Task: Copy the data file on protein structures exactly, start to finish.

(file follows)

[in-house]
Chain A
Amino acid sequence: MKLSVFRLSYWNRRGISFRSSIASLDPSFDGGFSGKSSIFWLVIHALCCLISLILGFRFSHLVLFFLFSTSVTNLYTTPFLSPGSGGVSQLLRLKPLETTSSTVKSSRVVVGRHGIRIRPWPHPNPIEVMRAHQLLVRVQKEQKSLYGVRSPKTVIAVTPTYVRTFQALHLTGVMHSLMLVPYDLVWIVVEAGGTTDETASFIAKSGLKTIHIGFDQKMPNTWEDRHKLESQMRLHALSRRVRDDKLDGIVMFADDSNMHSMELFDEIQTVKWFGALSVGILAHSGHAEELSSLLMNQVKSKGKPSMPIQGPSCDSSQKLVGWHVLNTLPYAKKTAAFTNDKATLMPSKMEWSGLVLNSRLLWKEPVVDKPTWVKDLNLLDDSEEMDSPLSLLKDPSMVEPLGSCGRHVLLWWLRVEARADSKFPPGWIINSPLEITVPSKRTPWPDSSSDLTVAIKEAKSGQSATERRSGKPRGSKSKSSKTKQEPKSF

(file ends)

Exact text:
[in-house]
Chain A
Amino acid sequence: MKLSVFRLSYWNRRGISFRSSIASLDPSFDGGFSGKSSIFWLVIHALCCLISLILGFRFSHLVLFFLFSTSVTNLYTTPFLSPGSGGVSQLLRLKPLETTSSTVKSSRVVVGRHGIRIRPWPHPNPIEVMRAHQLLVRVQKEQKSLYGVRSPKTVIAVTPTYVRTFQALHLTGVMHSLMLVPYDLVWIVVEAGGTTDETASFIAKSGLKTIHIGFDQKMPNTWEDRHKLESQMRLHALSRRVRDDKLDGIVMFADDSNMHSMELFDEIQTVKWFGALSVGILAHSGHAEELSSLLMNQVKSKGKPSMPIQGPSCDSSQKLVGWHVLNTLPYAKKTAAFTNDKATLMPSKMEWSGLVLNSRLLWKEPVVDKPTWVKDLNLLDDSEEMDSPLSLLKDPSMVEPLGSCGRHVLLWWLRVEARADSKFPPGWIINSPLEITVPSKRTPWPDSSSDLTVAIKEAKSGQSATERRSGKPRGSKSKSSKTKQEPKSF